History of RAF Ripperston

A WORK IN PROGRESS

aerial-map-19443_botder

GCI RAF RIPPERSTON -24th April 1944

 

We are gathering and collating this information and will start to include scans of documents when we have them available.

We also hope to include lots of the information we have to date. Most of it came through the generous help of Chris Morshead, the former curator the RAF Air Defense Radar Museum at Neatishead, Norfolk. Much also has been kindly given to us by Malcolm Cullen of Marloes and Steve Jones, author of Fallen Flyers.

We do also have Station Records from the archives which will be on show for visitors to browse through.

The following is just a snippet of the information we have to date –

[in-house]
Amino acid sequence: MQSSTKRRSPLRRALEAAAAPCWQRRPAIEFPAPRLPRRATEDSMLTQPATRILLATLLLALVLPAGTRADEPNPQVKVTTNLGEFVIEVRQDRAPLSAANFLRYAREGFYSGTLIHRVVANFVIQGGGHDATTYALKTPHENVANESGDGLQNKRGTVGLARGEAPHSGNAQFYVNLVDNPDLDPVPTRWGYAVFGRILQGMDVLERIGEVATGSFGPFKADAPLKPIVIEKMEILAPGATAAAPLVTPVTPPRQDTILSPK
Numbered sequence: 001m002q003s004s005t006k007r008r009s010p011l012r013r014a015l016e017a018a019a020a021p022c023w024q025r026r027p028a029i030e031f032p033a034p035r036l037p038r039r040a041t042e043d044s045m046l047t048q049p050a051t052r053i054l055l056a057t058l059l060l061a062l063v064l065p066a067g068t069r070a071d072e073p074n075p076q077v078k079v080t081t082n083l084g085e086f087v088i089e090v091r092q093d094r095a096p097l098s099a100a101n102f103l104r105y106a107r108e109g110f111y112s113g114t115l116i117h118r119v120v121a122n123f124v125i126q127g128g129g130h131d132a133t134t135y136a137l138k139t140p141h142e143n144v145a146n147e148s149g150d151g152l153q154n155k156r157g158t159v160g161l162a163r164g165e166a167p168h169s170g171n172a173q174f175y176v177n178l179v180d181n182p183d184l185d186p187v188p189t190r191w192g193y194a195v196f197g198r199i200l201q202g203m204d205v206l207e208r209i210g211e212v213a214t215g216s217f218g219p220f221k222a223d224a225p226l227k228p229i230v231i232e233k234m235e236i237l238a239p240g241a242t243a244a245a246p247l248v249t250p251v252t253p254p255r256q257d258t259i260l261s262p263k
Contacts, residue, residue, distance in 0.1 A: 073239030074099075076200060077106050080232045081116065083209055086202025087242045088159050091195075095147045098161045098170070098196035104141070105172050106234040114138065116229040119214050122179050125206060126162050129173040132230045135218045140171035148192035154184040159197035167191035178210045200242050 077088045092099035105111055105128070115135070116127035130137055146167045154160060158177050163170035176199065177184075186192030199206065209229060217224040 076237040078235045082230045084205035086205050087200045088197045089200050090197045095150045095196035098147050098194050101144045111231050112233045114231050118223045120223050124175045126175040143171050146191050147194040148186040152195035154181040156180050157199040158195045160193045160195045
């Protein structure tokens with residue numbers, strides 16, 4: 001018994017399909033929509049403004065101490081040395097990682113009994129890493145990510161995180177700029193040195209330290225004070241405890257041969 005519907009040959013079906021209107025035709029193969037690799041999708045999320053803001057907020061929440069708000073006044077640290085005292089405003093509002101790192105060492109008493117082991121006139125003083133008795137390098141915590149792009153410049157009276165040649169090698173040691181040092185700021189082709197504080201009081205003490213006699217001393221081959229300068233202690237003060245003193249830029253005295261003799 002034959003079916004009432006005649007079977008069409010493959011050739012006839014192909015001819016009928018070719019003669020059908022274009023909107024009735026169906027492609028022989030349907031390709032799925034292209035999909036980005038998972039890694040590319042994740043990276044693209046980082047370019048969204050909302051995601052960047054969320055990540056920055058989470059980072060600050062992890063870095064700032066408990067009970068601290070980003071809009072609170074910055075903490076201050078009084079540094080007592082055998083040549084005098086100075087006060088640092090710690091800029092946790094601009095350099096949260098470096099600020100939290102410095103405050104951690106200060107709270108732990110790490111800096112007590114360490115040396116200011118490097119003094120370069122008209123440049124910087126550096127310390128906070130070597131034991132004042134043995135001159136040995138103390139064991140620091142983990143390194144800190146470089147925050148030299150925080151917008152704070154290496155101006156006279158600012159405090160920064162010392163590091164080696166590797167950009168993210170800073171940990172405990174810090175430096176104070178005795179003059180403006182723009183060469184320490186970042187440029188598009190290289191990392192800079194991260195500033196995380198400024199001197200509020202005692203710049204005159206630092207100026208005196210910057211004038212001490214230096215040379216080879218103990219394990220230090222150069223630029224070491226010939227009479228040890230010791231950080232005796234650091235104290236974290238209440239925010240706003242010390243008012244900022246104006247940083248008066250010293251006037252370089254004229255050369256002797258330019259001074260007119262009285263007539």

The buildings themselves were built in 1942. However, the station became operational as a mobile unit as of 18:00 hours on September 10th, 1941. Manned by 50 personnel operating a ‘three watch’ system, RAF Ripperston was under the direct operational control of the Sector Station at RAF Fairwood Common. Ripperston’s task was to detect and plot enemy aircraft approaching the coasts of South West Wales, communicate the information to Fairwood Common via 10 Group Fighter Command at Rudloe Manor then work collectively with Fairwood Common to intercept enemy aircraft. It was in this manner that Ripperston and Fairwood Common worked together on February 17th, 1943. Two airborne Beaufighters intercepted and brought down three hostile Dornier Do 217’s which were on target to bomb Fairwood Common and Swansea.

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